Saint Ann Jamaica is located at 18°12'N and 77°28'W. The Capital town of St. Ann is St. Ann's Bay.
Some major towns include Ocho Rios, Brown's Town, Runaway Bay and Claremont. St.Ann is found in the Middlesex County.
This parish is said to be the largest parish in Jamaica because it measures 1,212.6 square km or 468.19 square miles. The highest elevation in the parish is in the Dry Harbour Mountains, which is at 762 metres above sea level
It's population as of the 2011 census is 172,362. Of this number, 86,662 are males and 85,700 are females.
The major areas of commerce includes Tourism, Agriculture, Bauxite Mining and Manufacturing.
However, St. Ann is one of the major tourist destinations of Jamaica. This is partly due to the fact that Dunn's River Falls and other beaches, such as Puerto Seco, are located there.
There are a number of attractions, both natural and historic, that can be found in the Garden Parish of St. Ann Jamaica. Some of these attractions include:
The history of Saint Ann Jamaica began with the landing of Christopher Columbus in 1494 on his second voyage to the Caribbean, which was called the ‘New World’.
As he pulled into the port at St. Ann’s Bay, which is now the capital of St. Ann, he named the place, Santa Gloria. He was so overwhelmed by the beauty of Jamaica’s “Garden Parish”.
The name of St. Ann was believed to have been in honour of Ann Hyde, the wife of King James II. However, it was in honour of Santa Ana, its Spanish equivalent dated back from the days of the Spanish occupation of the island and was found in their records of 1603.
Christopher Columbus named the actual spot at which he landed "Horseshoe Bay" because of the land's peculiar shape. This was then changed to "Dry Harbour" and then eventually, a final name change was made to call it "Discovery Bay."
There is a very important archaeological site about one mile (1.6km) west of St. Ann's Bay on Seville property. This is the site of the first Spanish settlement in Jamaica.
This settlement was founded in 1509 by Juan de Esquivel (the first Spanish Governor of Jamaica), and named Seville Nueva – New Seville. Juan de Esquivel had been sent here by the son of Christopher Columbus, Diego Columbus, expressly to set up a colony.
It was around this time that the the first Africans came as body servants to the Spaniards.
The early history of St. Ann however, is not concentrated solely around Seville Nueva. At the Drax Hall Estate, near St. Ann’s Bay, there is a small bay described on maps as “Don Christopher’s Cove.” Here it is said Christopher Columbus repaired his two remaining ships after his fourth, and last, voyage to the West Indies.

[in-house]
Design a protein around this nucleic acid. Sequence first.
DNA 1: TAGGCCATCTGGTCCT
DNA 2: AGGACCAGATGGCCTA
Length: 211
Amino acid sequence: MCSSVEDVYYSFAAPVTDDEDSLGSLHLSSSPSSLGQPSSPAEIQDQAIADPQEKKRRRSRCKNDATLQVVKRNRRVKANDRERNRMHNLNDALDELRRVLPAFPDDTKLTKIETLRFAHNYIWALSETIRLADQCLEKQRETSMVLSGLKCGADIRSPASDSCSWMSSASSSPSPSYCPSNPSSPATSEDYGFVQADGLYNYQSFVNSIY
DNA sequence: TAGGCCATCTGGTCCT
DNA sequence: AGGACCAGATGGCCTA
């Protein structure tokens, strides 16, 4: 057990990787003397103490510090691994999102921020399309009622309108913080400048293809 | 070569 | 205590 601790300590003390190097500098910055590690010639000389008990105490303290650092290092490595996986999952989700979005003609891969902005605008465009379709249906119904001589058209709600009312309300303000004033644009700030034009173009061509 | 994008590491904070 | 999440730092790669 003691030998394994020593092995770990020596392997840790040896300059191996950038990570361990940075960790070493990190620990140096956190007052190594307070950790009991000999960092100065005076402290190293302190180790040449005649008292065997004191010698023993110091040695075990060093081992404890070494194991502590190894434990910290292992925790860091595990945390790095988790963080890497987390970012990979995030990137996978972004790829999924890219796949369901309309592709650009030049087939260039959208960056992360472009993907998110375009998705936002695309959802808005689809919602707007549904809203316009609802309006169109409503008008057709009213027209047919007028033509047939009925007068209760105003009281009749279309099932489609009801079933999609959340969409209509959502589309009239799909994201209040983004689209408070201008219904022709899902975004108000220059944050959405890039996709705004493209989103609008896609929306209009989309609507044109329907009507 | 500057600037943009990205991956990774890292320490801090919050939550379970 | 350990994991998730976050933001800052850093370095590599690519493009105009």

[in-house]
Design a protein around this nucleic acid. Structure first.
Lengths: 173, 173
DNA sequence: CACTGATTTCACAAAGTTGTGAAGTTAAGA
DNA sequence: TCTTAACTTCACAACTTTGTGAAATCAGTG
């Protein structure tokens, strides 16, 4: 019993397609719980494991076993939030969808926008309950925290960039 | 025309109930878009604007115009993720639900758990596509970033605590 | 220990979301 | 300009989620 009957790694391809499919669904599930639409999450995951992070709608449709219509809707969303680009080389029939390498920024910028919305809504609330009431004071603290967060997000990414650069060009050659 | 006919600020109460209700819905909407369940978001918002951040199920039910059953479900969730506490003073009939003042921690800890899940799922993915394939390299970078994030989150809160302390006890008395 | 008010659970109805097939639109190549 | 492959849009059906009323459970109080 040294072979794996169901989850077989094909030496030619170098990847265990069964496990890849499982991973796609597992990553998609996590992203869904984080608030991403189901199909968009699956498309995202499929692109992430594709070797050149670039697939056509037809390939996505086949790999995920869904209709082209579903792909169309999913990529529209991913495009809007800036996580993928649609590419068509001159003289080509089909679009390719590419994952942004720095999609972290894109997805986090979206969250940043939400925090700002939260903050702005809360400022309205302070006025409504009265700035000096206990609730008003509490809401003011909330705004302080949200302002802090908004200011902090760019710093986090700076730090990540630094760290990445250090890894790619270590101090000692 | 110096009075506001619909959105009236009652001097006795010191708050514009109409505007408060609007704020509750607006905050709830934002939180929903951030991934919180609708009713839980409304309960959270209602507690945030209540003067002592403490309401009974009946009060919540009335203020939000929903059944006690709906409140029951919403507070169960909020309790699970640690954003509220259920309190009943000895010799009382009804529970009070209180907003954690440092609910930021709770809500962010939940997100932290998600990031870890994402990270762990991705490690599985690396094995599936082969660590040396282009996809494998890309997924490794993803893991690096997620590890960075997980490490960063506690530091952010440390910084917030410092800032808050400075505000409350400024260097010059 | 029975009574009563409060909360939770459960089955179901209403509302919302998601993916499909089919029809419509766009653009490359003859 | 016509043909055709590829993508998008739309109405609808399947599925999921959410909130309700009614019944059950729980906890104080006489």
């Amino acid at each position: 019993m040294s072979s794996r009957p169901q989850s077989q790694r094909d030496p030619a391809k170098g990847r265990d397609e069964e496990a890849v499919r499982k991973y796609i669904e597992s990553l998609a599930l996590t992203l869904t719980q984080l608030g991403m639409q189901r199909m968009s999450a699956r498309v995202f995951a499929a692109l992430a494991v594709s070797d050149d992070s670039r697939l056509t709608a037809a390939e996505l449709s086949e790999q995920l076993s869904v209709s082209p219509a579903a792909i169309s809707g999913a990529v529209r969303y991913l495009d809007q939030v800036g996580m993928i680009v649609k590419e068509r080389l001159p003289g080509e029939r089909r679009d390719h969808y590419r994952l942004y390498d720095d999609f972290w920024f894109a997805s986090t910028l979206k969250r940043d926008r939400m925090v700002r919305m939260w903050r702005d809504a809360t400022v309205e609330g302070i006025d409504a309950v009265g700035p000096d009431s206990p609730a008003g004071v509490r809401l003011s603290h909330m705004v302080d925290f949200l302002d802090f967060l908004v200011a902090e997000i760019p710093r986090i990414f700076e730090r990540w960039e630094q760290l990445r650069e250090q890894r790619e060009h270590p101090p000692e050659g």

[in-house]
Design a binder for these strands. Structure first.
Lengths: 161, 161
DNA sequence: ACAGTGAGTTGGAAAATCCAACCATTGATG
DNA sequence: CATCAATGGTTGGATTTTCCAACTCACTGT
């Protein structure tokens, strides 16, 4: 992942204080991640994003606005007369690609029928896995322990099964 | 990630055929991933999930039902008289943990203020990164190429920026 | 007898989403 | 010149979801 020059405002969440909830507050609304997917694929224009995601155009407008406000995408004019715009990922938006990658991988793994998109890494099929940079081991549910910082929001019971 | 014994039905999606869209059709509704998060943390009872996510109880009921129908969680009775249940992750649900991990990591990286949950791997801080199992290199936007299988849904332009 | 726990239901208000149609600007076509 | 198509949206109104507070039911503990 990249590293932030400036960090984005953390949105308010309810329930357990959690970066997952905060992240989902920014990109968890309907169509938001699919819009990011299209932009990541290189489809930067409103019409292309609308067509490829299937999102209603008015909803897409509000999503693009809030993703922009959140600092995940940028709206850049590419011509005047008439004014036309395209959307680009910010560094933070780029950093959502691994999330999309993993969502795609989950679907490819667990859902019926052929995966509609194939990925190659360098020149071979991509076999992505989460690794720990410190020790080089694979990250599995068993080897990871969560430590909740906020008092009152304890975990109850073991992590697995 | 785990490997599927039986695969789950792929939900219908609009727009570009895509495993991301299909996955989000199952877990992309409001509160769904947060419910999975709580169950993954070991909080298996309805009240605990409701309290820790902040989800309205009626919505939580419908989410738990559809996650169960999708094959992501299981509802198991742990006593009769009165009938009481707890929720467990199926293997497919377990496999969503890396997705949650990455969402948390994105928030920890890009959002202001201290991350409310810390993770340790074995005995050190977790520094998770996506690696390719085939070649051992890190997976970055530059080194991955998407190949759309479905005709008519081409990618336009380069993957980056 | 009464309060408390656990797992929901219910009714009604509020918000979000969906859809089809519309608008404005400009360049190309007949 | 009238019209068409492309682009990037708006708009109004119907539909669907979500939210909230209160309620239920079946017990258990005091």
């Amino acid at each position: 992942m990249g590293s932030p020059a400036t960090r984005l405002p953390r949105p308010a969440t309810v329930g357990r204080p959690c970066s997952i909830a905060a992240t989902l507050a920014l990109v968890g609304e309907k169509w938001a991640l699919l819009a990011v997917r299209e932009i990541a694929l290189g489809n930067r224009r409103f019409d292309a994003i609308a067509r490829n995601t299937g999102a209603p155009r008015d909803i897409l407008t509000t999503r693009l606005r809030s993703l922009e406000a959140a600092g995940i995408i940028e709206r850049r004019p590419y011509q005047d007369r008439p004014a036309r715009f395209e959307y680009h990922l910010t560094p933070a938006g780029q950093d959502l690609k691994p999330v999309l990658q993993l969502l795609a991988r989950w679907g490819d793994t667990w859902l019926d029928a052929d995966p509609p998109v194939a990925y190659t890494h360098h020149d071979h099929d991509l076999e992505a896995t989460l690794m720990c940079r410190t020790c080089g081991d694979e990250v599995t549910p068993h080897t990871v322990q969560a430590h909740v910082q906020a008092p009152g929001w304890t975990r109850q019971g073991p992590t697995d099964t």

Also, at Drax Hall can be found the ruins of the first free school set up in the parish (many years after Columbus’ departure) as a result of provisions left in the will of the original owner after whom it was named.
Further east along the coast from Drax Hall is “Chorreras” or “Bay of Waterfalls”. This was where Ysassi, which was the last Spanish Governor of the island, made a last ditch attempt to prevent the English from capturing the island.
He was however unsuccessful and he escaped by boat from Chorreras to Cuba. His hasty departure spurred the conquering British to rename Chorreras Falls, Runaway Bay.
The Seville Great House
The Seville Great House dates from as far back as the English period. Richard Hemming, the first owner, had come with the English army of conquest in 1655. His grandson built the great house in 1745 on the site of the original 17th century house and it has been subjected to many changes. The last proprietor of Seville, Henry Smallwood Hoskins, who died in 1915, arranged for the property to be put in the hands of the Administrator General of Jamaica. It is now owned by the Jamaica National Heritage Trust which administers the New Seville site.
The St. Ann’s Bay Fort
This old fort, which is west of the town of St. Ann’s Bay, was built about 1750 with stone blocks taken from Sevilla la Nueva. In 1795 the fort was declared useless because of encroachment from the sea and a new fort was built at Windsor Point on the opposite side of the bay. The old fort was adapted as a jail and ‘house of correction’ as slave prisons were called. The jail had solitary cells, a treadmill, a separate room for lunatics, a room for debtors, a ‘hospital’ and jailor’s quarters.
Saint Ann Jamaica has a lot to offer so be sure to check out all the attractions if you are in and around the area of St. Ann!!
Jamaica Information Service, St. Ann. Kingston: Jamaica Information Service, (Parish Profiles), 1991.
Map of Jamaica, 1895
Senior, Olive, Encyclopedia of Jamaican Heritage. St. Andrew, Jamaica: Twin Guinep Publishers Ltd., 2003
Statistical Institute of Jamaica
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